The question I was asked most often whilst working on Lighter Than My Shadow was, ‘Is it cathartic?’ Usually with the assumption that it was, and that was why I was doing it. It’s true that it feels important to get the story ‘out’, but out in the world, not out of me. It’s one of my biggest worries that people will see the book only as an act of catharsis.

That said, I’d be lying if I told you there wasn’t catharsis in the first draft. There was the messy, stream of consciousness getting-it-all-out. But after that, I had to try and put the emotions I was stirring up to one side. I had to make objective* decisions.: whittling down the story to what was essential. What, frankly, was actually interesting.

What I’m trying to say is that working on the book was not therapeutic, and I didn’t expect it to be. Oftentimes I was voluntarily reliving trauma that no longer affected my daily life. If it was catharsis I was looking for, I would have given up when it got hard. If it was catharsis I was looking for, I would have filed it all away in a box when I’d finished, or burned it, or something to that effect. I certainly wouldn’t want to publish it, and I doubt anyone would want to read it either.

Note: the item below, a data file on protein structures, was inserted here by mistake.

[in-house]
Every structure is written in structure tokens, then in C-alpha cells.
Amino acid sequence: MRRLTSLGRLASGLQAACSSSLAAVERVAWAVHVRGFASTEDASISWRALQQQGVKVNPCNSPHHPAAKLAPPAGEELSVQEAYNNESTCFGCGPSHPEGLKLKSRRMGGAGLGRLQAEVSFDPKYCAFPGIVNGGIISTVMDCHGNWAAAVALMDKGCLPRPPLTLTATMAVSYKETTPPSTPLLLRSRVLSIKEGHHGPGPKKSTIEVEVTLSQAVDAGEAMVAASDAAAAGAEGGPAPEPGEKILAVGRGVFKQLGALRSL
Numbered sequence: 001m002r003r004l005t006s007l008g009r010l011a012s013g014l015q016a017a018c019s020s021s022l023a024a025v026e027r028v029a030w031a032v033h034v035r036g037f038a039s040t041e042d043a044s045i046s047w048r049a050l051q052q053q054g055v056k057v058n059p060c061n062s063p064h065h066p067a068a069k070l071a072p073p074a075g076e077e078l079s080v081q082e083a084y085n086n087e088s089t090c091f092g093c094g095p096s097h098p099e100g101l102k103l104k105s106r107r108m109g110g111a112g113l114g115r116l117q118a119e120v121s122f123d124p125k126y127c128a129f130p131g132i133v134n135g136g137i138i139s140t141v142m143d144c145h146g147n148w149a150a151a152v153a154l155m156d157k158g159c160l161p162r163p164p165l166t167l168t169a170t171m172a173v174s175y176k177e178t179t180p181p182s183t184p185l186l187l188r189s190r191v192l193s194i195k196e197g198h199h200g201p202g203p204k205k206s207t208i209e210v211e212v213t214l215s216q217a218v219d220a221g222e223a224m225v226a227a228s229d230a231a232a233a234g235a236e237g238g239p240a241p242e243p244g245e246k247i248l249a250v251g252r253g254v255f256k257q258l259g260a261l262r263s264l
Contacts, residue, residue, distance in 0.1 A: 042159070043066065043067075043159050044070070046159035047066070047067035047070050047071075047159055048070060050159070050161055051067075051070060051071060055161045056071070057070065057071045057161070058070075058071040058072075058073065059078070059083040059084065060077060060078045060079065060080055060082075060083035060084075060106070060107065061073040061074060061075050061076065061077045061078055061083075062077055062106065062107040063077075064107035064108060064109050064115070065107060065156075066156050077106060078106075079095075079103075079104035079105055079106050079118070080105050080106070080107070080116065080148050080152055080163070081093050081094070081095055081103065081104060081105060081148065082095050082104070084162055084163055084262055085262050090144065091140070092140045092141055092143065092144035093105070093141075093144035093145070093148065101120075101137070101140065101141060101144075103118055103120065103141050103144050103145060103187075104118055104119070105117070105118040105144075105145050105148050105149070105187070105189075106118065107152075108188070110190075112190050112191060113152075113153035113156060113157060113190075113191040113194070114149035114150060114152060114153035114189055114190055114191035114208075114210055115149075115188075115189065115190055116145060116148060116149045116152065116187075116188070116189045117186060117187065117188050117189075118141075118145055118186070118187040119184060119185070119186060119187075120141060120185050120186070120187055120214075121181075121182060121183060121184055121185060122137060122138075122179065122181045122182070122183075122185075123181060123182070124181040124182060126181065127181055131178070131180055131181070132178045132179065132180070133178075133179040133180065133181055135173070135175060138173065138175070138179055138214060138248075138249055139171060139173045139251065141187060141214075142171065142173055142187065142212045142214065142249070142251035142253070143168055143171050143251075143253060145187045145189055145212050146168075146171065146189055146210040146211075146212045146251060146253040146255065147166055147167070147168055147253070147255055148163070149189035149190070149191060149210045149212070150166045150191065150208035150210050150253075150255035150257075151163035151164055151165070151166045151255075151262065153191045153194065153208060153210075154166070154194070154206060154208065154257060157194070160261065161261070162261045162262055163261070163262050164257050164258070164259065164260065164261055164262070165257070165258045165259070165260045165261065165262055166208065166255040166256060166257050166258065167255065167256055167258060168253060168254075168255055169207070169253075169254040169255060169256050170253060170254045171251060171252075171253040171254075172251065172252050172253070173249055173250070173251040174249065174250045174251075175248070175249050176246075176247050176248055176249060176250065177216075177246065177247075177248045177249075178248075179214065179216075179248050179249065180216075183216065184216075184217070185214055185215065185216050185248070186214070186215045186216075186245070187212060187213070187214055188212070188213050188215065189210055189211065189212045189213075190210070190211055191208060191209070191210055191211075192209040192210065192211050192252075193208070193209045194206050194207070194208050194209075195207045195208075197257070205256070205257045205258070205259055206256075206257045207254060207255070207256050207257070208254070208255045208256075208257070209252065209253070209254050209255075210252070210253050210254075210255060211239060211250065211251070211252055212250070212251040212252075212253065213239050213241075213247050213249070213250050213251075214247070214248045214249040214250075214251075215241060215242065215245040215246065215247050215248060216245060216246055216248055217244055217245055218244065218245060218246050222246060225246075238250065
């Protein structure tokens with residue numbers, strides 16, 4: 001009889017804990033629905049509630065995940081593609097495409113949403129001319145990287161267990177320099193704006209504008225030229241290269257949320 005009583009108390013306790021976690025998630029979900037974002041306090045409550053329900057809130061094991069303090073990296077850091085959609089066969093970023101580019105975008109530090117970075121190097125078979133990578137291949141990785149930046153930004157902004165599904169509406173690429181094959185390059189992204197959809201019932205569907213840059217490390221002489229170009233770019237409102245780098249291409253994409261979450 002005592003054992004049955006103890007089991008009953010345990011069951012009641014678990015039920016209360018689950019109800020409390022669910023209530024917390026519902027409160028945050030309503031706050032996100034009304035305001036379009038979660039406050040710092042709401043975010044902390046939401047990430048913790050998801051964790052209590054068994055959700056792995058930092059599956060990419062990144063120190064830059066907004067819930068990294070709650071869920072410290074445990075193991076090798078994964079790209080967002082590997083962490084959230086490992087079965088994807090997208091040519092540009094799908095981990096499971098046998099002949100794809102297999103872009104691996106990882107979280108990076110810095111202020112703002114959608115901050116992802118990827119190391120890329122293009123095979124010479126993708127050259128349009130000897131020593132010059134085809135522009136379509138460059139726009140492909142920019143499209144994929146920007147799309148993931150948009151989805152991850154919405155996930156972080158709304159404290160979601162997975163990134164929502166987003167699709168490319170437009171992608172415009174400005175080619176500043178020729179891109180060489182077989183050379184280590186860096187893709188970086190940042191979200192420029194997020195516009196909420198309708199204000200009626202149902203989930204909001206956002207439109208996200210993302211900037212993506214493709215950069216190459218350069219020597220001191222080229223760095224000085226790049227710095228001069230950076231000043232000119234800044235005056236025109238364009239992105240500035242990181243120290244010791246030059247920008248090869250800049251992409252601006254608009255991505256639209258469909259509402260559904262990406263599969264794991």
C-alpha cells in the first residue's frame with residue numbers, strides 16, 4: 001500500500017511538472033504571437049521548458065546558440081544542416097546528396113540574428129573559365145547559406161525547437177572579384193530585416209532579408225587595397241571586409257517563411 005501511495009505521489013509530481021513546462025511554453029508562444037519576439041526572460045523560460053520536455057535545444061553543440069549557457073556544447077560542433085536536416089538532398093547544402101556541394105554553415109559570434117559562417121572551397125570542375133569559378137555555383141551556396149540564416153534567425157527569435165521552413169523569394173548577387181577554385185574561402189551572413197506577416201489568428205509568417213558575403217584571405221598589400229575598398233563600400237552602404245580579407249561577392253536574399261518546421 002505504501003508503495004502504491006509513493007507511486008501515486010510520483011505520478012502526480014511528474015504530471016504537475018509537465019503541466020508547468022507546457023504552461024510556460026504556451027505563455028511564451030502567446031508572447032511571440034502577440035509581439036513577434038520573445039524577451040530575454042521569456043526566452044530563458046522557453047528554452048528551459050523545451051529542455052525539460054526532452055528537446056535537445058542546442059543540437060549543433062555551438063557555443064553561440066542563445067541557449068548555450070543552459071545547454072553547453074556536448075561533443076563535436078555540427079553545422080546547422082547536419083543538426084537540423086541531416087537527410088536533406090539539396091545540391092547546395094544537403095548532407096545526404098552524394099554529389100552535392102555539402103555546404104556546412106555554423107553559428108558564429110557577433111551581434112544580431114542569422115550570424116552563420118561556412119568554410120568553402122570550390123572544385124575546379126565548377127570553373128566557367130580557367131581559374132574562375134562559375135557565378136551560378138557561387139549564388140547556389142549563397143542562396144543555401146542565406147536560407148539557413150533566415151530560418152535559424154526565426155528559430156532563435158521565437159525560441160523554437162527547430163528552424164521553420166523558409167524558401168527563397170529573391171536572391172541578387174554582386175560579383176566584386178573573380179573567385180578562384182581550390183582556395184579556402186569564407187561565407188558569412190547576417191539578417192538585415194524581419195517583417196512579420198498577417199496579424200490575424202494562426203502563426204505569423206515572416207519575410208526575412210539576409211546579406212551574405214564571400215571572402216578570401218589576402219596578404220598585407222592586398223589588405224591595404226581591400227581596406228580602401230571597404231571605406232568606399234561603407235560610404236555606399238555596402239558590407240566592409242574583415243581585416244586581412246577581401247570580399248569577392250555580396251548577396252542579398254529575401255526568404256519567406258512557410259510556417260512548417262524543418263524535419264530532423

So what was I looking for? I’ve written a lot this week about all my lofty reasons for creating Lighter Than My Shadow: breaking the silence, challenging stigma, maybe, possibly helping people. What I haven’t said anything about is this: I wanted to tell a good story. I also just wanted to write a book.

*I had supreme editorial assistance.

2 responses

  1. That’s really interesting: the idea that the creative act of writing or drawing for publication or wider distribution can be understood as part of a “post-cathartic” process. And I agree: you have done a Good Thing here, Katie – Paula, you’re doing another.

  2. I was asked that only this week, and agree with you. I was talking about Julia Cameron’s ‘morning pages’, which aren’t meant to be read by others and how writing can be cathartic if you screw it up and stick it in the bin afterwards. But when you have something to say that might be really quite important to others, it’s good to go write a book about it – as you have done. But a book might not be the best vehicle for catharsism of tough experiences, just that the book happens to be the bits people get to see. And I can’t wait to see (more of) this one. You done a Good Thing.

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